Walt Disney Pictures has its animation mojo back. Finally.
With a cool, contemporary spin on a fairy-tale classic, a dramatic Nordic landscape animated in splendid storybook style and Broadway vets belting out power ballads, Frozen is an icy blast of fun from the very first flake. A certain scene-stealing snowman named Olaf chief among them.
Directors Chris Buck and Jennifer Lee create a magical 3-D winter wonderland in Frozen. A sisterhood saga loosely based on Hans Christian Andersens The Snow Queen, it is filled with heart and heart-stopping action.
It is a much needed thaw after a very long winter for Disneys legendary cartoon brand.
Last years Wreck-It Ralph was a hoot the video-arcade battle between good and evil very current in story and style. But Ralph never felt like it belonged to the same family as Disneys modern-day classics such as The Little Mermaid, Beauty and the Beast, Aladdin and The Lion King.
The in-between years have been marked by a lot of nice, but not especially noteworthy movies. Meanwhile Pixar stepped in and stole the companys animated show with Up, Cars, Toy Story and Wall-E, to name a few.
But Frozen is fabulous. Its thrills and chills are brought to life by an excellent ensemble of voices led by Kristen Bell and Idina Menzel. As Anna and Elsa, respectively, they are sisters and the princesses of the mythical Scandinavian kingdom of Arendelle where the story is set.
The film represents a fusion of old and new both on-screen and behind it. Lee, who co-wrote Wreck-It Ralph (with Phil Johnston) and has sole credit for Frozen, is also the first female to sit in a Disney animation directing chair. Shes done a bang-up job wearing both hats. For Buck, whos been in Disneys animation trenches since 1981s The Fox and the Hound, Frozen is his third feature and his best as a director. Despite the blizzard conditions, there is nary a slip or stumble from start to finish.
As with the best of Disney musicals, Frozens songs soar. The original pieces come from Kristen Anderson-Lopez and Robert Lopez, who has a couple of Tonys on his shelf for co-writing The Book of Mormon.
Which makes you wonder whether Frozen might be Broadway bound. Youd expect Menzel, who earned a Tony for making Elphaba so deliciously Wicked, to crush all those soaring notes.
But Bell is the stunner.
Frozen begins when the princesses are young and wishing for the seasons first snowfall. Elsa makes it happen, conjuring up a blizzard indoors with magical powers shes just discovering. But the fun soon ends when a slip and a fall puts Annas life in jeopardy.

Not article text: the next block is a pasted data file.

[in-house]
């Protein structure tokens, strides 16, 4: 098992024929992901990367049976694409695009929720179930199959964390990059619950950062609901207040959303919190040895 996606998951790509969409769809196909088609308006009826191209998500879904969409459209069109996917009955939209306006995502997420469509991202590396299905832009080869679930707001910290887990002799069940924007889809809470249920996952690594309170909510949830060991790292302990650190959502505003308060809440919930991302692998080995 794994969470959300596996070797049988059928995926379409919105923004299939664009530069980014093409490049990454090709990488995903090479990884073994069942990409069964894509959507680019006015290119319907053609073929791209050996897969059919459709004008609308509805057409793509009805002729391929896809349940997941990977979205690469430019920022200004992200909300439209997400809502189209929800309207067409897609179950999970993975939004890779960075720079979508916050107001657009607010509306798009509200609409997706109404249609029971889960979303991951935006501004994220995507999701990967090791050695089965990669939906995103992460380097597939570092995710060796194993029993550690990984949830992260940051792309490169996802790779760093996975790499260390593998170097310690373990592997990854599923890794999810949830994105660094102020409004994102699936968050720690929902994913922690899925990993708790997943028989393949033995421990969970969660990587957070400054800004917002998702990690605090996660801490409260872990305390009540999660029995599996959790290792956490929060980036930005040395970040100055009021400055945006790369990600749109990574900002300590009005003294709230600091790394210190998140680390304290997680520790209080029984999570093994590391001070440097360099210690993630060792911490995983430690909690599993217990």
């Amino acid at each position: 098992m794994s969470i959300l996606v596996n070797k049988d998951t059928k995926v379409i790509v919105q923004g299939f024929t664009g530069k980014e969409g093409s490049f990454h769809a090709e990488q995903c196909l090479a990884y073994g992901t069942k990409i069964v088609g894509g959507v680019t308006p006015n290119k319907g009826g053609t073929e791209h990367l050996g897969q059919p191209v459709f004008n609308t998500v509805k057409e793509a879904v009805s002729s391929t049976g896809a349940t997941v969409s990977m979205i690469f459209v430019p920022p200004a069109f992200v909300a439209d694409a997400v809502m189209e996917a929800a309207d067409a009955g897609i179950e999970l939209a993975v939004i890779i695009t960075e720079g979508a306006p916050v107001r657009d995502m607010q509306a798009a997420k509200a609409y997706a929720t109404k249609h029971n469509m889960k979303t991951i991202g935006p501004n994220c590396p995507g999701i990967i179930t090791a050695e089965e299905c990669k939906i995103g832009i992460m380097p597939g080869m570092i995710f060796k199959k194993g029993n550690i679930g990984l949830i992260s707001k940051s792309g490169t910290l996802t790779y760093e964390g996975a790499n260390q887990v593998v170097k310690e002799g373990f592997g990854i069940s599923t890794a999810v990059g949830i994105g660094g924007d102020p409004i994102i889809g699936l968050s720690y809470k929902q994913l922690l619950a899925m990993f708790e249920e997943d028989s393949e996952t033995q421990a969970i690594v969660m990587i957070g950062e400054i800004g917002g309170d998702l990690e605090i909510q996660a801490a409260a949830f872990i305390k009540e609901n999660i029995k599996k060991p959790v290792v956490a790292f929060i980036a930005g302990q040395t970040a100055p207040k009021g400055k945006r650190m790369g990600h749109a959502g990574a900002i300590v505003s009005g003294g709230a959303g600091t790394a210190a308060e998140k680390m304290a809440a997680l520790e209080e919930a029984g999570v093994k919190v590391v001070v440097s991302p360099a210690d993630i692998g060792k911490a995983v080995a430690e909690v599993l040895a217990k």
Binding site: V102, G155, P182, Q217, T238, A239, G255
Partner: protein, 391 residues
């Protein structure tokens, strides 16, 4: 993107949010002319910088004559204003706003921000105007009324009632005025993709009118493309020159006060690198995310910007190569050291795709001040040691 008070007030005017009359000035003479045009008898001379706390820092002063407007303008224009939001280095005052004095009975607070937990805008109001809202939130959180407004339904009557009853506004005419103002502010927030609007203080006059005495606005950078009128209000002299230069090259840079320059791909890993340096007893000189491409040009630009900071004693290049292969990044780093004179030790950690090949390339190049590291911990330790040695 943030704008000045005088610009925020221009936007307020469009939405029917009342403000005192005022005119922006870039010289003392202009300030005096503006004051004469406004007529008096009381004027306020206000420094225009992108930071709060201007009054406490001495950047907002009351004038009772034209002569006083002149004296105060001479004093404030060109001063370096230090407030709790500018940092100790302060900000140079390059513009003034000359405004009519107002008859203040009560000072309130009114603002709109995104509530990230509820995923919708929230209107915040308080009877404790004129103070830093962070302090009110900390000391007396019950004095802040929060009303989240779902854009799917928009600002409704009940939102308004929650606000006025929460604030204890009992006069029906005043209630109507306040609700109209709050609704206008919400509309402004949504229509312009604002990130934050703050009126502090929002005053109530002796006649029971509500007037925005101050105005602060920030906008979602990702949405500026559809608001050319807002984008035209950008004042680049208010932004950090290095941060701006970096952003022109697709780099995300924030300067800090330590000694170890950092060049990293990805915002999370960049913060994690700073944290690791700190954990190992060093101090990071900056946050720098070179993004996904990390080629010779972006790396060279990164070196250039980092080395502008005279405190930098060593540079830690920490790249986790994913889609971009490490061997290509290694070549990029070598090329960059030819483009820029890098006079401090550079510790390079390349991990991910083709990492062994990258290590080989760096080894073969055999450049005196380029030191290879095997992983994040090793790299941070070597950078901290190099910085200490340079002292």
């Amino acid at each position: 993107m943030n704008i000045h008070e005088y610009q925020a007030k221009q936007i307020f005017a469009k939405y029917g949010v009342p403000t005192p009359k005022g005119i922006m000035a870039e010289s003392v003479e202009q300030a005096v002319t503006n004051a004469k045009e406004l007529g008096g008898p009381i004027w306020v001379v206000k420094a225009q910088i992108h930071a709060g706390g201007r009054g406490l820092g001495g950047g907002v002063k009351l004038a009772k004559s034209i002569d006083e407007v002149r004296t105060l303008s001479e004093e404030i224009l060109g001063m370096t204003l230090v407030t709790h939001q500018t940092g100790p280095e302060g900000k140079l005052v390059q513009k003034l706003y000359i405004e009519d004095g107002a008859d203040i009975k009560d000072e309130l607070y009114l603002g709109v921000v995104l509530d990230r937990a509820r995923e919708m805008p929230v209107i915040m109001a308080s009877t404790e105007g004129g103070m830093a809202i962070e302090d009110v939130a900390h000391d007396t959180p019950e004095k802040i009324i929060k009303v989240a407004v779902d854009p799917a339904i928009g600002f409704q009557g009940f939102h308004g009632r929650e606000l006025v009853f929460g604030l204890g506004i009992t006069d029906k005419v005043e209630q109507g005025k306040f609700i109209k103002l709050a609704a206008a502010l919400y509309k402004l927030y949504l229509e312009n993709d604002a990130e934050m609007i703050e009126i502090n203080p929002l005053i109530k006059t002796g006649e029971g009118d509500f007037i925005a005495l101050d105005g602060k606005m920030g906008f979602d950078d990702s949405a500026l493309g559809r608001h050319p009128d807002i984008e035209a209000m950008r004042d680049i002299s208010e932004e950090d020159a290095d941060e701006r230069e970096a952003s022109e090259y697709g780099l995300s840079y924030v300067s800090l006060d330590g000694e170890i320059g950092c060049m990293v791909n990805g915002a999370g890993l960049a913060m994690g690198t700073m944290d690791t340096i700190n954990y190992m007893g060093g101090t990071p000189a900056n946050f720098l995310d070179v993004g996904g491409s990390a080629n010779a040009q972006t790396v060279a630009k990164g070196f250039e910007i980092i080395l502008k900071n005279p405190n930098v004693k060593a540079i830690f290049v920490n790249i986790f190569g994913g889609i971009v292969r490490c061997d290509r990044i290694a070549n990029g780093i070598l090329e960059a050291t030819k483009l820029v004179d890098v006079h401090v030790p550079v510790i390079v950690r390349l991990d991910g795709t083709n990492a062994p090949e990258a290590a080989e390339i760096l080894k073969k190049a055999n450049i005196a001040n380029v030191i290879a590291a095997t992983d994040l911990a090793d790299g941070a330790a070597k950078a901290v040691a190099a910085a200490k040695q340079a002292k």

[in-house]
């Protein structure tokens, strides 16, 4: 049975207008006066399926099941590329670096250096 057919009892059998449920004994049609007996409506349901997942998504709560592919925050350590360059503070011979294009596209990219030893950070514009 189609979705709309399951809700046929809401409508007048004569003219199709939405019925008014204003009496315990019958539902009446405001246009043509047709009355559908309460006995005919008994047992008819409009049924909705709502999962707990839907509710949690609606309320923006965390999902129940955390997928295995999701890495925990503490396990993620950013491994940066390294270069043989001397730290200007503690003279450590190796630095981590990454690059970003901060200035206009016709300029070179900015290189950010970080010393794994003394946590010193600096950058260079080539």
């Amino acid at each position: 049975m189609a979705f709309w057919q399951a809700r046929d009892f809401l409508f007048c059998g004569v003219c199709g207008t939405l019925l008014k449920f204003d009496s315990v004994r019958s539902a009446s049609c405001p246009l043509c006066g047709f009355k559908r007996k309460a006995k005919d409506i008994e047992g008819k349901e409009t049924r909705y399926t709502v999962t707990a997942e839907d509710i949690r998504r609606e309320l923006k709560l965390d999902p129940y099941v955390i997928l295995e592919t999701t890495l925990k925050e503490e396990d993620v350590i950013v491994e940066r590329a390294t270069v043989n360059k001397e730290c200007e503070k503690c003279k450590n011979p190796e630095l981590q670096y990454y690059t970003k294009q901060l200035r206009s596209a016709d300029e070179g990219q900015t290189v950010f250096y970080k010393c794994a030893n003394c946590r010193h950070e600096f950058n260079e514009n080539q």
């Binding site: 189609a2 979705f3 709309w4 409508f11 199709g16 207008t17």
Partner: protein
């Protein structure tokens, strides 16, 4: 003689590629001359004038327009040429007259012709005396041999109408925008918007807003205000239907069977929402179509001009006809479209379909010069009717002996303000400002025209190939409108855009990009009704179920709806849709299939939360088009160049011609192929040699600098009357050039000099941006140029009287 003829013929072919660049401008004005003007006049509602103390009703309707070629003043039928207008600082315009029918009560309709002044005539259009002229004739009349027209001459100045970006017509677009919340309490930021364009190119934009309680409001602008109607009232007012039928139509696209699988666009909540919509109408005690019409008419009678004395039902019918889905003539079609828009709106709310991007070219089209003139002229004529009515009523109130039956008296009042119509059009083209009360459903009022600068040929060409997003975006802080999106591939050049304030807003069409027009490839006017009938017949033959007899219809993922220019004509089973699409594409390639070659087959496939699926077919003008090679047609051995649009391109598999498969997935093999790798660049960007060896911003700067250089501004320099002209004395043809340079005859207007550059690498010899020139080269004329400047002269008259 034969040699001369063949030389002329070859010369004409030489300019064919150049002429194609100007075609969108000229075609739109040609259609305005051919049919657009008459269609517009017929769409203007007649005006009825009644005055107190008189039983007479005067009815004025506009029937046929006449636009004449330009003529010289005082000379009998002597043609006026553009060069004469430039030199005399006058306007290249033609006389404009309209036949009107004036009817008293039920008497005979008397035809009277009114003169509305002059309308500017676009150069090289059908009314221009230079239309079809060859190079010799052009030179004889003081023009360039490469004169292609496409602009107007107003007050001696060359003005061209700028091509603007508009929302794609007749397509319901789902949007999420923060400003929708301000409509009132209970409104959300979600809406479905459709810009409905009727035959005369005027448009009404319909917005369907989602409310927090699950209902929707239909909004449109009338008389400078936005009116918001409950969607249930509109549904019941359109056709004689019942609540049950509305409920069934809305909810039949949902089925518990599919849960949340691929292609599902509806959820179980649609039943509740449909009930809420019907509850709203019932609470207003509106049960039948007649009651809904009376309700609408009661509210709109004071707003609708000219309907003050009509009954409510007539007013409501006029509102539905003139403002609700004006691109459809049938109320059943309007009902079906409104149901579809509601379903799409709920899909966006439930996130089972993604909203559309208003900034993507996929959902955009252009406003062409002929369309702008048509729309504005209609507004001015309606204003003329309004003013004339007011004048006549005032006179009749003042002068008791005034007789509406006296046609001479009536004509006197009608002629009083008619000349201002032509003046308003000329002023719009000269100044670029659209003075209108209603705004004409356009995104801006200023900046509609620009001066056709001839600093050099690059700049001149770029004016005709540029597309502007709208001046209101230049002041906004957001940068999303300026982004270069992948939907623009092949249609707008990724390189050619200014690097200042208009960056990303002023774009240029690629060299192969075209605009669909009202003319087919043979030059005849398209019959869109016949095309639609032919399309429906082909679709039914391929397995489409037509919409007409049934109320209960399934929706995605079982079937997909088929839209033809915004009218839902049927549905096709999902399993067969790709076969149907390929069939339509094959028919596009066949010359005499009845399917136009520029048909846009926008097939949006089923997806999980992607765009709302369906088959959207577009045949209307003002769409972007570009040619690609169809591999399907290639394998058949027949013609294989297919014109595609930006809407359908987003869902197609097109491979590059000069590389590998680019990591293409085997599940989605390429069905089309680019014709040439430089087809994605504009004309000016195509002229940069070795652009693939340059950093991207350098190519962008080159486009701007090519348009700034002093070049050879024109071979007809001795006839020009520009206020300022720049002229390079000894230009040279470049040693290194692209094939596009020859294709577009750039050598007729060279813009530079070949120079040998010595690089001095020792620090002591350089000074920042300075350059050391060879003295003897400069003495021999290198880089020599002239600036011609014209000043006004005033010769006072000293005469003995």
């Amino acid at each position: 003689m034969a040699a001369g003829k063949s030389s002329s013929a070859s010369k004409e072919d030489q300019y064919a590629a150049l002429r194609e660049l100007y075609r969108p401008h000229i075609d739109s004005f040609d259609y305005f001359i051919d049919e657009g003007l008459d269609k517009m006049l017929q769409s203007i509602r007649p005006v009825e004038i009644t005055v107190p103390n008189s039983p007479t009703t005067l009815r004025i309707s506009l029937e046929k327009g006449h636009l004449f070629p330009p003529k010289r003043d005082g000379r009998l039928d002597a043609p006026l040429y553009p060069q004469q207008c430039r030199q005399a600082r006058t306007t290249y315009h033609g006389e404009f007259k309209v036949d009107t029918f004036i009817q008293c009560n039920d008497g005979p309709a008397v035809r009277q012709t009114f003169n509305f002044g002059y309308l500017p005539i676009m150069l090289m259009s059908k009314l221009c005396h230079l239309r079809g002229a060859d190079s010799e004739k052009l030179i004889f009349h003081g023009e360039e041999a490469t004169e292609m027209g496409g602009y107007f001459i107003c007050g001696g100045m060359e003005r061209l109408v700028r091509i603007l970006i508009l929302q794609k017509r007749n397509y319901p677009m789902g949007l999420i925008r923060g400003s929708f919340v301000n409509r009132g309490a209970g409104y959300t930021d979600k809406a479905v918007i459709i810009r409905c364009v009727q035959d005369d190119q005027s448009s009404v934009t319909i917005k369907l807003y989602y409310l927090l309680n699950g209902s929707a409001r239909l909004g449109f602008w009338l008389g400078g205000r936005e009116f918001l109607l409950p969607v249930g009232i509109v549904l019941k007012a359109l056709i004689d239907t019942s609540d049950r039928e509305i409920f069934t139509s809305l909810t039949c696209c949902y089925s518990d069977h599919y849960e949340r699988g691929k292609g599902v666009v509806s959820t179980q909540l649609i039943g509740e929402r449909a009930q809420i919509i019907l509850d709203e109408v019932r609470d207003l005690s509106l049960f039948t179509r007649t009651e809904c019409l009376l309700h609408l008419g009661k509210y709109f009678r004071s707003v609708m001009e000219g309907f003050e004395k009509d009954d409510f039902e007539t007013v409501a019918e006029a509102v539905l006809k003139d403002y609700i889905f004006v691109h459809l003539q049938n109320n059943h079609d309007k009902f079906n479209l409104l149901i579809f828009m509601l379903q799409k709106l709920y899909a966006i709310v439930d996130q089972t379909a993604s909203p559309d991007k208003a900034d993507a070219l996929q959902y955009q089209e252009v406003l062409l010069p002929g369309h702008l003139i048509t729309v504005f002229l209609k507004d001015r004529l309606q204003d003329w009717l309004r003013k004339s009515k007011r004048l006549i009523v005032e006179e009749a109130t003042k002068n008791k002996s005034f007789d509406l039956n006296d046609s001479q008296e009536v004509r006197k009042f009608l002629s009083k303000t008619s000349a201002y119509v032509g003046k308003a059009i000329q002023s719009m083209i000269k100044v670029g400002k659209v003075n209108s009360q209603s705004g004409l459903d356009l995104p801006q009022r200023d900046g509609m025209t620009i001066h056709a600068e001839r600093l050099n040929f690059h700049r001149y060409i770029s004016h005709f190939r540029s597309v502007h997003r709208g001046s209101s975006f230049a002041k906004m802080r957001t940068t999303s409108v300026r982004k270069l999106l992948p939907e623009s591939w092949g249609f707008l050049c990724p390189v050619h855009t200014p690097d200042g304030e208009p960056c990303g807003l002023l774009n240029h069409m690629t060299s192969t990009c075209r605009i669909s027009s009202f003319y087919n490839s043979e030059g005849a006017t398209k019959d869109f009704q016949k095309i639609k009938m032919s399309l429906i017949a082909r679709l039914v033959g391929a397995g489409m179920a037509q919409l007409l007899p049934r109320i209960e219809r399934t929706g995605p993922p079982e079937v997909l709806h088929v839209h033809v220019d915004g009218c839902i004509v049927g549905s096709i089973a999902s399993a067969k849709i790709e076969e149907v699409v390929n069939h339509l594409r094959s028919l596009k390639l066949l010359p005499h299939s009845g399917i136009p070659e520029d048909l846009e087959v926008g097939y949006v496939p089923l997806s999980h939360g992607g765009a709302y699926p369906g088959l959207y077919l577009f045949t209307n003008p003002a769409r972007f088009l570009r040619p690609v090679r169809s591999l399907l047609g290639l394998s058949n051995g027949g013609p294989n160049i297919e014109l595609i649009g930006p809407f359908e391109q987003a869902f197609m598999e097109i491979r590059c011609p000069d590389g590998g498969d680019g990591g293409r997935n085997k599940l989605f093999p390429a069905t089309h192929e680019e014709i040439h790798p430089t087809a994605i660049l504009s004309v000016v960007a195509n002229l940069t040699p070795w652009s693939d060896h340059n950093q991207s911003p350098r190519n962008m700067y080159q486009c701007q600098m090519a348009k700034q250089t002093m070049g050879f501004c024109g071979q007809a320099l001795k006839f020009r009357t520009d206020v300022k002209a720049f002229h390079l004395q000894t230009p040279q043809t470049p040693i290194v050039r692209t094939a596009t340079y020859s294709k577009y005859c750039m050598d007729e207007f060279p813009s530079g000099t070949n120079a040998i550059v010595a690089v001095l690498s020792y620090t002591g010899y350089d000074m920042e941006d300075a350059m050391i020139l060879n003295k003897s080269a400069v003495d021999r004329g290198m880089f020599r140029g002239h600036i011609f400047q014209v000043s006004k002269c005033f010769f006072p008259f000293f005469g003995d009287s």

Though Anna recovers, Elsa doesnt. Fear of hurting her little sister with her powers sends the princess behind closed doors, separating the girls the entire time they are growing up and presenting the perfect opportunity for one of the films show-stoppers. A very catchy number called Love Is an Open Door, it is among the most memorable, in part for the delightful door-slamming antics that accompany it.
The action really gets underway when Elsa comes of age and comes out of seclusion for her coronation. Love is in the air. Annas already swooning over Prince Hans (Santino Fontana), and a number of suitors are vying for Elsas hand glove-covered always to keep her secret secret. Her powers make for some of the films most stunning animation as snow and ice fly and form into incredible shapes, from lethal shards to towering ice castles.
At the heart of the film is the battle between love and fear. Resolution becomes a long journey when Elsa flees Arendelle, leaving the kingdom locked in winters fierce grip and Anna searching for her. This is also where the film develops its very playful sense of humor.
Annas something of a tomboy, forever getting into scrapes, which Bells comic timing makes absolutely charming, and the entire film is populated by characters who spend a great deal of time teasing and pranking.
There is the handsome, reclusive mountain man Kristoff (Jonathan Groff) and his reindeer buddy Sven. By turns captivated and incensed by the headstrong Anna, hes soon enlisted in the search. There are rock trolls rolled out to help decipher questions of magic led by Pabbie (Ciaran Hinds). One of the main villains is the scheming Duke of Weselton (Alan Tudyk), a name that always gets a laugh.
And then there is Olaf.
The snowman is an animation marvel, designed to keep coming apart and bouncing back together. His broad smile, buck teeth and wide eyes are the very embodiment of innocence and adoration. Josh Gad, who voices Olaf, is so endearing you really do want to just hug him knowing Disney, Im sure theres a plush toy in the works.
Fortunately, Gad is far from the only reason to go see Frozen. In fact, there are so many good ones, I cant begin to count them all kind of like snowflakes, a flurry of them.